How would you map the distance between you and your neighbor? North and south? Campus and community? Past and present? Syracuse residents of all ages answered these questions through the creation of “Distance Strips”, visual representations of cultural, historical, and geographic distances in Syracuse and beyond. Within the parameters of a 12” by 3” strip of paper, big and small distances are made visible: the distance between families located in two different towns; the distance between the ideological left and right; the distance from a small child’s hands to the cookie jar, just out of reach on the kitchen table. During Dance Exchange’s two-and-a-half week residency in Syracuse in February 2012, members of the company, in collaboration with graduate students from Syracuse University’s College of Visual and Performing Arts, engaged Syracuse residents in map-making at schools, community centers, and through chance encounters. The distance strips, which lined the walls of the Community Folk Art Center’s gallery, formed the backdrop for Dance Exchange’s culminating performance with community members at the end of the residency. Members of the Ida Benderson Action Group and participants from workshops at 601 Tully, Christian Brothers Academy, The Determination Center, Northeast Community Center and Plymouth Congregational Church created the Distance Strips seen in this video.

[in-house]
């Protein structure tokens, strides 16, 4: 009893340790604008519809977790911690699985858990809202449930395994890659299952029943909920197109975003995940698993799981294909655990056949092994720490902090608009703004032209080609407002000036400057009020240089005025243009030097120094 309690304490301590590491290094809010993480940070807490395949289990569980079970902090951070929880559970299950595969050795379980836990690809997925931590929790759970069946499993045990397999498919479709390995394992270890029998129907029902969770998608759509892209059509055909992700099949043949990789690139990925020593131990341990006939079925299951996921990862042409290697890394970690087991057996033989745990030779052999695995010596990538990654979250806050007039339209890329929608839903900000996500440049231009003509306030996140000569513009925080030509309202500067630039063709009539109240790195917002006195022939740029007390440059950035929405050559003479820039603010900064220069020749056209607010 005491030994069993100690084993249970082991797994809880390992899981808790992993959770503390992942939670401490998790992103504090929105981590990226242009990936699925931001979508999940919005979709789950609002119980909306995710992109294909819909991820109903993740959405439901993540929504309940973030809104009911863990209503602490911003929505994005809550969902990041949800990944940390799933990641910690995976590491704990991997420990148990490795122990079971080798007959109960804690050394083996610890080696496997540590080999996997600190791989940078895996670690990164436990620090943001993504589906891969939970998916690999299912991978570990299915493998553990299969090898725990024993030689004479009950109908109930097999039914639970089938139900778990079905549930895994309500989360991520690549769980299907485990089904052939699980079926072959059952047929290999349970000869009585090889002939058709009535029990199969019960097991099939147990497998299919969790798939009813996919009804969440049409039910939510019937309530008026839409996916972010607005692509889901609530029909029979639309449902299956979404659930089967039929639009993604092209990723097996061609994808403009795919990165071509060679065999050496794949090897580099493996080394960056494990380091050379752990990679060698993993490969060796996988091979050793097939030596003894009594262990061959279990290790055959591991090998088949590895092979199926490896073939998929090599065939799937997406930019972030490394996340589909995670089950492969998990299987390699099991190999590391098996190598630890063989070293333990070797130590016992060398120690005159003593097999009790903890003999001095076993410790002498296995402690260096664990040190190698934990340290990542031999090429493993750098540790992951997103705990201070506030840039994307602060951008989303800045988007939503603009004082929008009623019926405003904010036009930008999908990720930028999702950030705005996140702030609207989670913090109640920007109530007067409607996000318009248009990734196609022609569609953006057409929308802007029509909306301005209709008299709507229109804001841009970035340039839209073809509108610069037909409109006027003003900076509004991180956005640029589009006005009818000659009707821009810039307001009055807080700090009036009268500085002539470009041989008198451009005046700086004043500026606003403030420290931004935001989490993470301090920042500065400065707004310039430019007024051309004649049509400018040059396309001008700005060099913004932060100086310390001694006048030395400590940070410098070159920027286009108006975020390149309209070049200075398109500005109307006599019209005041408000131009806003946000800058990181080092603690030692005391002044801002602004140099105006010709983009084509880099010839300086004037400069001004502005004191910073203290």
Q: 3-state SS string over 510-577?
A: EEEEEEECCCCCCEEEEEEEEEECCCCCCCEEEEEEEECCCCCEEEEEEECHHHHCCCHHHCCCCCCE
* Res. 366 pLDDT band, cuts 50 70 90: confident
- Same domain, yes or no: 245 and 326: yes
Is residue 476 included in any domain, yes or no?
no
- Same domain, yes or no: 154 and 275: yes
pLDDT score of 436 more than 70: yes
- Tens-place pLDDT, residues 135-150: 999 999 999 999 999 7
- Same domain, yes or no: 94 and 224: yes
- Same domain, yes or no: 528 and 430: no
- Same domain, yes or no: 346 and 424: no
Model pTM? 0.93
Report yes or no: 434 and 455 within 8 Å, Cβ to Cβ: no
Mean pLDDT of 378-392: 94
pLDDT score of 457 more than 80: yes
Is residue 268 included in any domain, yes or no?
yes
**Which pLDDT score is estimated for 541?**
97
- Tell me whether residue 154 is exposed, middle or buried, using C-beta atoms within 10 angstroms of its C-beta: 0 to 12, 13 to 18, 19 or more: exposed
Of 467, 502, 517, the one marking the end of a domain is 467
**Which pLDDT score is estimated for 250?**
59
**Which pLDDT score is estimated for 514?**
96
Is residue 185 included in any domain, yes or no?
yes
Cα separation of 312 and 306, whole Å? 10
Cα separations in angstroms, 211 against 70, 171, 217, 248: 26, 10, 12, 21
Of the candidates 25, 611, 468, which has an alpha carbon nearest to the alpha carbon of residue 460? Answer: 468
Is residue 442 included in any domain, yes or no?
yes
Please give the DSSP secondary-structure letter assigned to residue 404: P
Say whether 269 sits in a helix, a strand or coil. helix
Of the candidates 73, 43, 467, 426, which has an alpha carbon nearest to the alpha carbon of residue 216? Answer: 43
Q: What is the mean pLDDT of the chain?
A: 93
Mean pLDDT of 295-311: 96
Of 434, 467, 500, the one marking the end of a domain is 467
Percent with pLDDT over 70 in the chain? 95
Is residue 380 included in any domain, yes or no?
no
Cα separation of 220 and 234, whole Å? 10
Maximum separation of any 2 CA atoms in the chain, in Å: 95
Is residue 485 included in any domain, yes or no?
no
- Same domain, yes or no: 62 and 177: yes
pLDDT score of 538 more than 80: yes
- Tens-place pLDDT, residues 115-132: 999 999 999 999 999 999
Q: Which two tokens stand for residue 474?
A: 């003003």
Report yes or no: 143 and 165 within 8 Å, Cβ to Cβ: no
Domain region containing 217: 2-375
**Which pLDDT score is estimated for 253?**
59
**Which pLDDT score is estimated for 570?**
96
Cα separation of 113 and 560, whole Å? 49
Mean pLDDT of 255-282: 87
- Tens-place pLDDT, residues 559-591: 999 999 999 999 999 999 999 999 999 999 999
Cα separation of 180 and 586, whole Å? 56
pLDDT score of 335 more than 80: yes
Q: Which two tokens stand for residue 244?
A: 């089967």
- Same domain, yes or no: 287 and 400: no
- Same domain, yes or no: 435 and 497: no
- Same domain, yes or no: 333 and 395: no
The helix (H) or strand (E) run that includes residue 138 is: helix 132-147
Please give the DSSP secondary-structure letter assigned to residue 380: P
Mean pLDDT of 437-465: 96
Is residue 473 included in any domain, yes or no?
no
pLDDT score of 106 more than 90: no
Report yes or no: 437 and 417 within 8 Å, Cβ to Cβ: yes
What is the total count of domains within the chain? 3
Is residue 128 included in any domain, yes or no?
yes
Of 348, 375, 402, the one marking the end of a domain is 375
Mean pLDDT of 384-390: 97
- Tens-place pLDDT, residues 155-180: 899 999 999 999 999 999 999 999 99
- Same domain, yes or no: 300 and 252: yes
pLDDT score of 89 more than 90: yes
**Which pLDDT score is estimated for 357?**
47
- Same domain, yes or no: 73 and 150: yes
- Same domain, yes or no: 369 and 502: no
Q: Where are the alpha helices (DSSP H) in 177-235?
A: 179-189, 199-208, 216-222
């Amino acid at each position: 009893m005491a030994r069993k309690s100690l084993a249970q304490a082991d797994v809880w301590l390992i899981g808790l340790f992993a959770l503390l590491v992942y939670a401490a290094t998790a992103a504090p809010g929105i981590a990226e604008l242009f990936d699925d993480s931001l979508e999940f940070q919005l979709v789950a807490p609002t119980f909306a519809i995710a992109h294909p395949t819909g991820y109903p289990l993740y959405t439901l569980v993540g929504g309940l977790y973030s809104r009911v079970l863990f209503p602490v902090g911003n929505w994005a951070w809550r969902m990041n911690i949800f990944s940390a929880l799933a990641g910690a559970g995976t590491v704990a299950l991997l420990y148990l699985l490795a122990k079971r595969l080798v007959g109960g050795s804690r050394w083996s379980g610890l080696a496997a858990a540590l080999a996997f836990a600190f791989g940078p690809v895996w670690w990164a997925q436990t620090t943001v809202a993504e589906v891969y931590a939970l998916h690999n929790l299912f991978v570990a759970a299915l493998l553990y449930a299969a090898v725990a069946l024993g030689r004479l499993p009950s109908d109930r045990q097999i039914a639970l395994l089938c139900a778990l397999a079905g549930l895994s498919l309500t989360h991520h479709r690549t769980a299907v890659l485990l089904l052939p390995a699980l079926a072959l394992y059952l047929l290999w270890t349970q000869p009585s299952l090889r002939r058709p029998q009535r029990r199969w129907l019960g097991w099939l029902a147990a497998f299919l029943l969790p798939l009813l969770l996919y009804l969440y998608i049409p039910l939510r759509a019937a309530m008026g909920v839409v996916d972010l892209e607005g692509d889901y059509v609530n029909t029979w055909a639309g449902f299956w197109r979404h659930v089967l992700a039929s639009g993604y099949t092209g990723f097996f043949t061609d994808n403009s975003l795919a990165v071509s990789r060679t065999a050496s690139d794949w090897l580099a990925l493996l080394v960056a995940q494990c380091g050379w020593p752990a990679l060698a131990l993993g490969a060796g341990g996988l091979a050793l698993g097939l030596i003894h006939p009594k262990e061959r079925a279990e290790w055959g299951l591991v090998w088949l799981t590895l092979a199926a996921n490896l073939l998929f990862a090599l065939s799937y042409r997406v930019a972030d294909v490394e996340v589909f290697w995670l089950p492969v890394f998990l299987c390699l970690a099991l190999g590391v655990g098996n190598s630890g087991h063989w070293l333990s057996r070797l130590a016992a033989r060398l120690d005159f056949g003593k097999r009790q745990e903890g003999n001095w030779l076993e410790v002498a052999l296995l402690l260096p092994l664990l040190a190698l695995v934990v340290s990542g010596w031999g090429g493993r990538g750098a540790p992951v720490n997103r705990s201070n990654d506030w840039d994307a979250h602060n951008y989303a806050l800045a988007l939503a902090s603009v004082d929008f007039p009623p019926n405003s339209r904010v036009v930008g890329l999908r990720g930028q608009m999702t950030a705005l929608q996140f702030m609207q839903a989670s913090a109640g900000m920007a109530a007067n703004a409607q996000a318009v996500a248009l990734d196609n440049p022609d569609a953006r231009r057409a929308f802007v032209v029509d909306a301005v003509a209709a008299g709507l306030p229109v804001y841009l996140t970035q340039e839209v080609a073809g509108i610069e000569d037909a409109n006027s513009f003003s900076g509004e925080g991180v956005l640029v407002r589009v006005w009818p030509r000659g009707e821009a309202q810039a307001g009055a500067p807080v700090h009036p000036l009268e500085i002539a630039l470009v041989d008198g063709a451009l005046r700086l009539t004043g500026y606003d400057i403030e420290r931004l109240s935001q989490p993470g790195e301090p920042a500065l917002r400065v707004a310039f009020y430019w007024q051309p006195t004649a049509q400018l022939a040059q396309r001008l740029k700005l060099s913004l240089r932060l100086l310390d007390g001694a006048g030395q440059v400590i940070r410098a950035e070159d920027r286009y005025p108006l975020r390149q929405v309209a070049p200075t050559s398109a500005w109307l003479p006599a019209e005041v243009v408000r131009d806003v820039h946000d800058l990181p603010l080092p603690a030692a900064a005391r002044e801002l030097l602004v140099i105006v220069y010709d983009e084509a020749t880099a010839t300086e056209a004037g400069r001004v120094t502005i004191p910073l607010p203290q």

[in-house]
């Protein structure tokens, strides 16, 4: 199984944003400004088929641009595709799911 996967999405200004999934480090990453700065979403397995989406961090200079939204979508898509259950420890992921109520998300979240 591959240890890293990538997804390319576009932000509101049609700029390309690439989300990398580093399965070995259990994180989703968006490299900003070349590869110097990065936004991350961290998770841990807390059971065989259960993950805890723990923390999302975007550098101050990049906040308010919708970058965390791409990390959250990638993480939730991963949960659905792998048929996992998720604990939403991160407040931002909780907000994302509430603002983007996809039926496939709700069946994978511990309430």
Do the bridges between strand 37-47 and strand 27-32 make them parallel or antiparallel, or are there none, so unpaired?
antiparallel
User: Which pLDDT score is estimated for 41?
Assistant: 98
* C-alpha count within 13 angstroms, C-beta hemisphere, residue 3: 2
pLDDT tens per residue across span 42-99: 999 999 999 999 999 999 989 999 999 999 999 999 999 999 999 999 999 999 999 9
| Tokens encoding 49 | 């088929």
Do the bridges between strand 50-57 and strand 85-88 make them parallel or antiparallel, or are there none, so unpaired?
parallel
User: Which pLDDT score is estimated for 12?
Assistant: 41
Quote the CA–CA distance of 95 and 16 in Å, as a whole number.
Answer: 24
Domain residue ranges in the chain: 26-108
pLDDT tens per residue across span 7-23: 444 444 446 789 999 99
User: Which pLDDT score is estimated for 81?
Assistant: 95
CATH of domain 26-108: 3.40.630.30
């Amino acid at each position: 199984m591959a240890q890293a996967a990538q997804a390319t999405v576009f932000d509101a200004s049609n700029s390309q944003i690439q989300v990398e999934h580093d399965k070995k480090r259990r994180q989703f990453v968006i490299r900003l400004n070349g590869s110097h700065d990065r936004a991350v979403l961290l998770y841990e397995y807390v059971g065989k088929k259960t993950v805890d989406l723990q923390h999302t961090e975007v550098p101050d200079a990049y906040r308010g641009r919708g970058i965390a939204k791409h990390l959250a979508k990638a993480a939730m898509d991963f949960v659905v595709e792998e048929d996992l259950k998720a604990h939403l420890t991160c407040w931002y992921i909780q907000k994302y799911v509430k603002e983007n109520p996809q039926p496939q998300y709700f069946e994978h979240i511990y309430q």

By Meg Kelly, Takoma Park